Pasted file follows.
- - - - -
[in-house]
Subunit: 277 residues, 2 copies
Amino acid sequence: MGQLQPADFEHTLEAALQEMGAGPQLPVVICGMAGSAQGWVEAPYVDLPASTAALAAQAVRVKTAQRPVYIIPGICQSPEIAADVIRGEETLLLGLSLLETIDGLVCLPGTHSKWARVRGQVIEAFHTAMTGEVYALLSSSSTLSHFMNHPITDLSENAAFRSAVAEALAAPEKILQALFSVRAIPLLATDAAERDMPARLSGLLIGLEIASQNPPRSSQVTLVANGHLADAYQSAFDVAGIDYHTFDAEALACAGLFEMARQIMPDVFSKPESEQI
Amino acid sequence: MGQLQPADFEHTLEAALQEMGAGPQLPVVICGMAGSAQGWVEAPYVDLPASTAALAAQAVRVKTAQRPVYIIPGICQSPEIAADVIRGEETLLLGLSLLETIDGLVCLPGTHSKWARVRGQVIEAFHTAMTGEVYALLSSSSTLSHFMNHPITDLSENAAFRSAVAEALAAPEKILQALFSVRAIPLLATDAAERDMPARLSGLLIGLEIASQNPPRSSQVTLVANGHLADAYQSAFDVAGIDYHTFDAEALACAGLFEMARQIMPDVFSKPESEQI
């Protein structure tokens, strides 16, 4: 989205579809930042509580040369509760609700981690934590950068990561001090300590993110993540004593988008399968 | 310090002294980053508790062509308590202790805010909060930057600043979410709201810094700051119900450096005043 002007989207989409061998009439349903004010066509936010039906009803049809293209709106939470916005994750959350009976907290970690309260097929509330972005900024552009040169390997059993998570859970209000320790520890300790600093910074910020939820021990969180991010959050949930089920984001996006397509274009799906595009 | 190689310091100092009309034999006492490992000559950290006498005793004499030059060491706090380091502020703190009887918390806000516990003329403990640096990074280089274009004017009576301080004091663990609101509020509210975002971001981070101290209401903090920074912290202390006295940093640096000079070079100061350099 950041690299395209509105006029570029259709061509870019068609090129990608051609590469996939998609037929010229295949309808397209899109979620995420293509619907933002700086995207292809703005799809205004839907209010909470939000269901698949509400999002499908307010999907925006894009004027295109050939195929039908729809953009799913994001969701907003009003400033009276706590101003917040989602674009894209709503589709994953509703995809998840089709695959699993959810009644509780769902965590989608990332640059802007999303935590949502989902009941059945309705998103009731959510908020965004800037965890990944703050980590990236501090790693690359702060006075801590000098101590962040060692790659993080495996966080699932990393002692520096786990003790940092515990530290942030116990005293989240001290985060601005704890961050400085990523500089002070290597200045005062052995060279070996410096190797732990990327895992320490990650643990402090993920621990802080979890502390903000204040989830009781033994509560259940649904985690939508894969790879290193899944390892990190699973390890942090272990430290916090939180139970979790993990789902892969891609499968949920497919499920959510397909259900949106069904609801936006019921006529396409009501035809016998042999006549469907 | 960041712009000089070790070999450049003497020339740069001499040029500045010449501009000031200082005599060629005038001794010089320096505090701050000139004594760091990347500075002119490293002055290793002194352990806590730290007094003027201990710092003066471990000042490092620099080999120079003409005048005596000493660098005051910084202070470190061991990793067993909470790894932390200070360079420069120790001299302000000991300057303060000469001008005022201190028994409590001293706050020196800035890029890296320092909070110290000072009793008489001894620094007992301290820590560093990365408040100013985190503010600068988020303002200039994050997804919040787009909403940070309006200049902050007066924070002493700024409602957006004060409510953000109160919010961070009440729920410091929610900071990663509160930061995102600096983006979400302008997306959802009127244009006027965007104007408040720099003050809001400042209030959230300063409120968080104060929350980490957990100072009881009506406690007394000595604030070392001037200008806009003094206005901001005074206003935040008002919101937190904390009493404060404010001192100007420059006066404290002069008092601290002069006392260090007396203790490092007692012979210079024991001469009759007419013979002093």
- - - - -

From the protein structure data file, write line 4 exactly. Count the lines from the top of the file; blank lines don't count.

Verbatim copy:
Amino acid sequence: MGQLQPADFEHTLEAALQEMGAGPQLPVVICGMAGSAQGWVEAPYVDLPASTAALAAQAVRVKTAQRPVYIIPGICQSPEIAADVIRGEETLLLGLSLLETIDGLVCLPGTHSKWARVRGQVIEAFHTAMTGEVYALLSSSSTLSHFMNHPITDLSENAAFRSAVAEALAAPEKILQALFSVRAIPLLATDAAERDMPARLSGLLIGLEIASQNPPRSSQVTLVANGHLADAYQSAFDVAGIDYHTFDAEALACAGLFEMARQIMPDVFSKPESEQI